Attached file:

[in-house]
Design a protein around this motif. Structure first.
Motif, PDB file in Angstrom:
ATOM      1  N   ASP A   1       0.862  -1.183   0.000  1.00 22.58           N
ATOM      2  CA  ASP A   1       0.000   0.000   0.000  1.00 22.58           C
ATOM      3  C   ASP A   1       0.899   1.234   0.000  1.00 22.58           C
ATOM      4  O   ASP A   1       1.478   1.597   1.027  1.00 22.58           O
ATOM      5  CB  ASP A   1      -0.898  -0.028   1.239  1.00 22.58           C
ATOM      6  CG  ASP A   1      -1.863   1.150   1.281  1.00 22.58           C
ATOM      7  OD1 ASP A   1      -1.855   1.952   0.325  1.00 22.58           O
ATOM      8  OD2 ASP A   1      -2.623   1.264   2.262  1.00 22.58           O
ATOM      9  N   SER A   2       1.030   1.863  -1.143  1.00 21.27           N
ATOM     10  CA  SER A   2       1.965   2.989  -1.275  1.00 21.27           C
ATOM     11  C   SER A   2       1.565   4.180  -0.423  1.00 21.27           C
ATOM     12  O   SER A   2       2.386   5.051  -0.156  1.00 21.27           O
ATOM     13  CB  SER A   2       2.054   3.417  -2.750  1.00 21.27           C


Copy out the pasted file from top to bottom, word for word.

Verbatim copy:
[in-house]
Design a protein around this motif. Structure first.
Motif, PDB file in Angstrom:
ATOM      1  N   ASP A   1       0.862  -1.183   0.000  1.00 22.58           N
ATOM      2  CA  ASP A   1       0.000   0.000   0.000  1.00 22.58           C
ATOM      3  C   ASP A   1       0.899   1.234   0.000  1.00 22.58           C
ATOM      4  O   ASP A   1       1.478   1.597   1.027  1.00 22.58           O
ATOM      5  CB  ASP A   1      -0.898  -0.028   1.239  1.00 22.58           C
ATOM      6  CG  ASP A   1      -1.863   1.150   1.281  1.00 22.58           C
ATOM      7  OD1 ASP A   1      -1.855   1.952   0.325  1.00 22.58           O
ATOM      8  OD2 ASP A   1      -2.623   1.264   2.262  1.00 22.58           O
ATOM      9  N   SER A   2       1.030   1.863  -1.143  1.00 21.27           N
ATOM     10  CA  SER A   2       1.965   2.989  -1.275  1.00 21.27           C
ATOM     11  C   SER A   2       1.565   4.180  -0.423  1.00 21.27           C
ATOM     12  O   SER A   2       2.386   5.051  -0.156  1.00 21.27           O
ATOM     13  CB  SER A   2       2.054   3.417  -2.750  1.00 21.27           C